Giving to charity can be rewarding. However, make sure that your charitable dollars are being used for your intended purpose.
To protect consumers and ensure that donations are used for the intended purpose, State law requires that most charitable organizations register with the Attorney General’s office prior to soliciting donations. The organization must provide financial information regarding the use of charitable dollars. Registration information is available on our website. Information about financial reports is available by contacting the Consumer Protection Division.
Before you give:
- Be an informed giver. Ask questions before you give. Give only when you feel comfortable that your donation will support an organization and activities in which you believe. Refuse high-pressure appeals. Legitimate charities will not rush you to donate.
- Ask for written information. A legitimate charity will send you information before you donate. Ask for information on the organization’s mission, how your donation will be used and proof that your contribution is tax deductible.
- Call the charity. To avoid falling victim to sham solicitors, contact the charity directly before giving a donation by email, to the person knocking at your front door or to the telephone solicitor.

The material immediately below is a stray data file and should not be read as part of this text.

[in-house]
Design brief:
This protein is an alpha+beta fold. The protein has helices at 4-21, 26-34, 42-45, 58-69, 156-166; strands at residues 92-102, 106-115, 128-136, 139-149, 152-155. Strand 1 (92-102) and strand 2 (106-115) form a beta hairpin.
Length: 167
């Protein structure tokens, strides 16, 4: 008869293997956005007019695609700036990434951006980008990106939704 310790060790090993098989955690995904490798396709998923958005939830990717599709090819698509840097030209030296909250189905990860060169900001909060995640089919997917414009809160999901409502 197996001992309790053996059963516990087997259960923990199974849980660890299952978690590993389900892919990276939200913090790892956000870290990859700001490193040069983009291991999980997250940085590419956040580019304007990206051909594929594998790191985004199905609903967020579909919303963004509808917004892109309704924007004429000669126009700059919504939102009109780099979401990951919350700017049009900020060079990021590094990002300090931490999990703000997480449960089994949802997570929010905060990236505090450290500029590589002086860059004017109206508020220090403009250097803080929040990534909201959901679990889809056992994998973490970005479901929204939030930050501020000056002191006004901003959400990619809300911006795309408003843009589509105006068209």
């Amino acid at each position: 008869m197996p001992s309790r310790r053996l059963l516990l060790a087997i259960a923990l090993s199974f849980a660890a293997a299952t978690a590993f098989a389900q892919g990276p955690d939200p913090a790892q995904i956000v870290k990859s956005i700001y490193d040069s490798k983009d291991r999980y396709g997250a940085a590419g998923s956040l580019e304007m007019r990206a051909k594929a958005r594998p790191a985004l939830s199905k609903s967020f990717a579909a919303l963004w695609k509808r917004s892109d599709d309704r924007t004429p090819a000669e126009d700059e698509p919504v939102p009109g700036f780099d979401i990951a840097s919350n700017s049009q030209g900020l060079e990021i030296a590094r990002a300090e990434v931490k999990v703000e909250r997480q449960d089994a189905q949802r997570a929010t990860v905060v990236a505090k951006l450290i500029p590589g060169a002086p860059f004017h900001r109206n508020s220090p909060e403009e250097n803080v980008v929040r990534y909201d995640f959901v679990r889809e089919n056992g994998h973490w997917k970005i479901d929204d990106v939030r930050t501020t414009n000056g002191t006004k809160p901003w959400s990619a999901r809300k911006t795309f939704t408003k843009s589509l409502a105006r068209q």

- Never give or pledge in response to a telephone solicitation until you have independently checked on the charity, or you know the caller on a first-name basis.
- Watch out for similar sounding names. Scam artists often try to take advantage of names that sound or look like those of respected, legitimate charities.
- Do not send cash. For your security and tax records, make your donation by check or credit card.
- Be wary of a group that offers to pick up your monetary donation. A legitimate charity will have an official address where you can mail your donation. Be wary if an organization thanks you for a pledge you do not remember making and offers to send someone to pick up your donation.
- Scrutinize fundraising appeals for police, firefighters and veterans. Solicitations on behalf of these types of causes often draw favorable responses from donors. Because of this, scam artists often use the word “police” or “firefighter,” even when the donations will not be used to support such causes.
Search the Arkansas Charities Database.
- The Attorney General's Charities Division can also provide information about the purpose of a charity, amount of money a charity has raised, percentage of funds used for programs and services, percentage used for administrative costs and whether it employs a professional fundraiser.